Quito, where Blow’s own schooner, which was fortunately lying at anchor,
took them to their destination. The boys left them in the town and
returned to the ranch.

There they passed several happy days, riding, visiting the mines, going
once or twice to visit the senorita, and generally having a good time.
Ned went several times to the senorita’s and Terry wisely nodded his
head.

“Big doings pretty soon,” he observed, wisely.

“What do you mean?” asked Don. They were out near the barn and Ned was
not with them.

“Wait and see. The young man is going over the hill quite frequently
now, and you wait and see if something exciting doesn’t happen.”

“Getting married isn’t exciting,” said Jim.

“Don’t know, my boy,” drawled Terry, trying to throw a lasso. “Never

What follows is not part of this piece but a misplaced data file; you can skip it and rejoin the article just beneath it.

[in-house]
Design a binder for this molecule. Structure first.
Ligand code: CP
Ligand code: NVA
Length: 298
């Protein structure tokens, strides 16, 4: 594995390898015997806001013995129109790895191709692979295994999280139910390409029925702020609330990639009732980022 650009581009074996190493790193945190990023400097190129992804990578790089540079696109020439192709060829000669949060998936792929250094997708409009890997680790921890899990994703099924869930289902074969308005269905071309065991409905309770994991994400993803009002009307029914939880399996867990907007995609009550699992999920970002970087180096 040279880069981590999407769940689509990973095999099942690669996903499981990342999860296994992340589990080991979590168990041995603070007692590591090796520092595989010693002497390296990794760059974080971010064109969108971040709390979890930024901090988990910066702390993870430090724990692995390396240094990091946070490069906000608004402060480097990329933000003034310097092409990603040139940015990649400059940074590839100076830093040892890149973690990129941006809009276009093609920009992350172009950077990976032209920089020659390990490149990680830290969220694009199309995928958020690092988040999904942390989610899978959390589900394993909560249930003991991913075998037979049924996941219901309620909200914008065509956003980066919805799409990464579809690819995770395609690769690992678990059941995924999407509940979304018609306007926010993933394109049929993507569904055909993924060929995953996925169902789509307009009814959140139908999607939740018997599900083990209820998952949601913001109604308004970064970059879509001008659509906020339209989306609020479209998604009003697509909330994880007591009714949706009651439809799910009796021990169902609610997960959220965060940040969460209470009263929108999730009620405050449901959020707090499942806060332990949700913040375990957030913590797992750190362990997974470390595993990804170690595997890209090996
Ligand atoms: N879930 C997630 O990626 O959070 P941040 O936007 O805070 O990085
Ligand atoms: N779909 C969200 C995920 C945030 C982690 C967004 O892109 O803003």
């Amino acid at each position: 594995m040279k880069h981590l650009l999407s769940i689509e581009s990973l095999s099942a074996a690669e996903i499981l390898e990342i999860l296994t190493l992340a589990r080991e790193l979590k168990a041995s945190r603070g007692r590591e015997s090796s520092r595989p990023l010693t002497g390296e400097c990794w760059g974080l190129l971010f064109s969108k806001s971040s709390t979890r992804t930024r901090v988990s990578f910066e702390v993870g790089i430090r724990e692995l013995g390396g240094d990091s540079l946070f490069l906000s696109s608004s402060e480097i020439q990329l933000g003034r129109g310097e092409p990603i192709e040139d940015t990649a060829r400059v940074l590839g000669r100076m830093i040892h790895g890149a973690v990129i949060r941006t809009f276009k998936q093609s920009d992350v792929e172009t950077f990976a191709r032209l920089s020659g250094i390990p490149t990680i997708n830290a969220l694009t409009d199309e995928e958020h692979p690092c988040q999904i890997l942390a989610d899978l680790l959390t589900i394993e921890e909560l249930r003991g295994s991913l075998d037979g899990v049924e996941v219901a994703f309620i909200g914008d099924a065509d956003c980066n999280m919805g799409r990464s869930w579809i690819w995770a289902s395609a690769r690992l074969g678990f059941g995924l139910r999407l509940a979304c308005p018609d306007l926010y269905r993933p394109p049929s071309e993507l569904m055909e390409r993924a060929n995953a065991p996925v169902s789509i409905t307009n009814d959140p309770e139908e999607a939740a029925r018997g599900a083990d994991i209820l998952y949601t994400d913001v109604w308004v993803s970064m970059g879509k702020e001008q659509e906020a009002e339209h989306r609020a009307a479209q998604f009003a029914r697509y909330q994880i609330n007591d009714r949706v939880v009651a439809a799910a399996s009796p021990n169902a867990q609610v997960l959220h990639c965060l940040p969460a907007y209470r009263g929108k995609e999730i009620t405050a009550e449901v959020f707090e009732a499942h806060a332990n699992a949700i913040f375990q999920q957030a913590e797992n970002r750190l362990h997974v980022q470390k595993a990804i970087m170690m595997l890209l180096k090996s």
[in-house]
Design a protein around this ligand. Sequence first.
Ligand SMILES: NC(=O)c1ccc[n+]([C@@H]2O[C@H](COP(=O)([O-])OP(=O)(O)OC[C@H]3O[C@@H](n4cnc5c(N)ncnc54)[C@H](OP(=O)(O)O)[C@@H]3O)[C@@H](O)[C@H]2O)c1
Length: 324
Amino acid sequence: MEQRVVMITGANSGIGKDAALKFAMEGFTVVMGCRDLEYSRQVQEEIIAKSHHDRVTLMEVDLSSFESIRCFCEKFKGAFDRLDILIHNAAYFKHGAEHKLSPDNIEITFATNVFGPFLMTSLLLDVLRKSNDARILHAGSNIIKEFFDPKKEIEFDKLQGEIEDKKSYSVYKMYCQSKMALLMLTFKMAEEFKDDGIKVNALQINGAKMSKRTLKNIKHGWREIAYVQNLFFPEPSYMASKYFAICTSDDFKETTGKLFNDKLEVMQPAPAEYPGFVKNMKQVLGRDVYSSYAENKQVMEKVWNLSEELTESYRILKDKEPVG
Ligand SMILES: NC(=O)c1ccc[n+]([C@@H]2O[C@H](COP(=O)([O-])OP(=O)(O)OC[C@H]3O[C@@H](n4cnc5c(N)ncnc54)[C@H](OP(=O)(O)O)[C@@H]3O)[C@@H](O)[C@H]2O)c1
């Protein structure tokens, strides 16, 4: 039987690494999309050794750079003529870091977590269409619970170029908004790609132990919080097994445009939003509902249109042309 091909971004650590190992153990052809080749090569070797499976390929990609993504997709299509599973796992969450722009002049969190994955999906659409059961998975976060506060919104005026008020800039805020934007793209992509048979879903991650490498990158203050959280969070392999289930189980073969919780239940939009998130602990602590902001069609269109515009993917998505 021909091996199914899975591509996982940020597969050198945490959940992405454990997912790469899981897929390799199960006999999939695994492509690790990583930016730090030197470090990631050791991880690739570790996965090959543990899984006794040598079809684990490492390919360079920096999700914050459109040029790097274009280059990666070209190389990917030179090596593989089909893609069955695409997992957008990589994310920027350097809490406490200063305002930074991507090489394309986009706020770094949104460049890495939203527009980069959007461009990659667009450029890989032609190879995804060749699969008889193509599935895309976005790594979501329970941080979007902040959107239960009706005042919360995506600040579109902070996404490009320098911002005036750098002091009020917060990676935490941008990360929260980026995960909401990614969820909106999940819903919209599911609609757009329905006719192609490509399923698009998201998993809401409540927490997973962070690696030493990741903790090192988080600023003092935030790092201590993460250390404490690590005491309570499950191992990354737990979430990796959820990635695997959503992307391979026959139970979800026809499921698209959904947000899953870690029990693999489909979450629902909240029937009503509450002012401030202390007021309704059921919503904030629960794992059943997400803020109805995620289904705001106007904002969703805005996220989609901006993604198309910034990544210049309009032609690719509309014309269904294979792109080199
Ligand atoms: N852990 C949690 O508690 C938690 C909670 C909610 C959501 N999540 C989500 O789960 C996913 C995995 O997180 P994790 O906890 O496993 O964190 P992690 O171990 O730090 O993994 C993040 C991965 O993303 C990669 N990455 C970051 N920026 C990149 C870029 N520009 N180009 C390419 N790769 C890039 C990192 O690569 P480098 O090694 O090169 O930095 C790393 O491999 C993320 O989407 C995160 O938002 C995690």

been that way, myself! Look at that for a throw, will you! Aimed it at
the fence post and got the corner of the barn!”

When the professor and the captain returned they reported success. Their
claim was legal and they had authority to recruit a gang of men to
excavate the ancient ship.

“That’s the end of the phantom galleon,” observed Don. “It won’t be a
phantom any more.”

“You pretty nearly joined the phantoms yourself,” Jim reminded him.

Terry’s surmise regarding the state of affairs at the Mercedes ranch
turned out to be correct. In a few days Ned announced that they were to
be married.

“There is no use in allowing her to stay over there and try to run that
little ranch all by herself,” he said, as they sat in the living room
one night. “So we are going to combine and form one big ranch, after we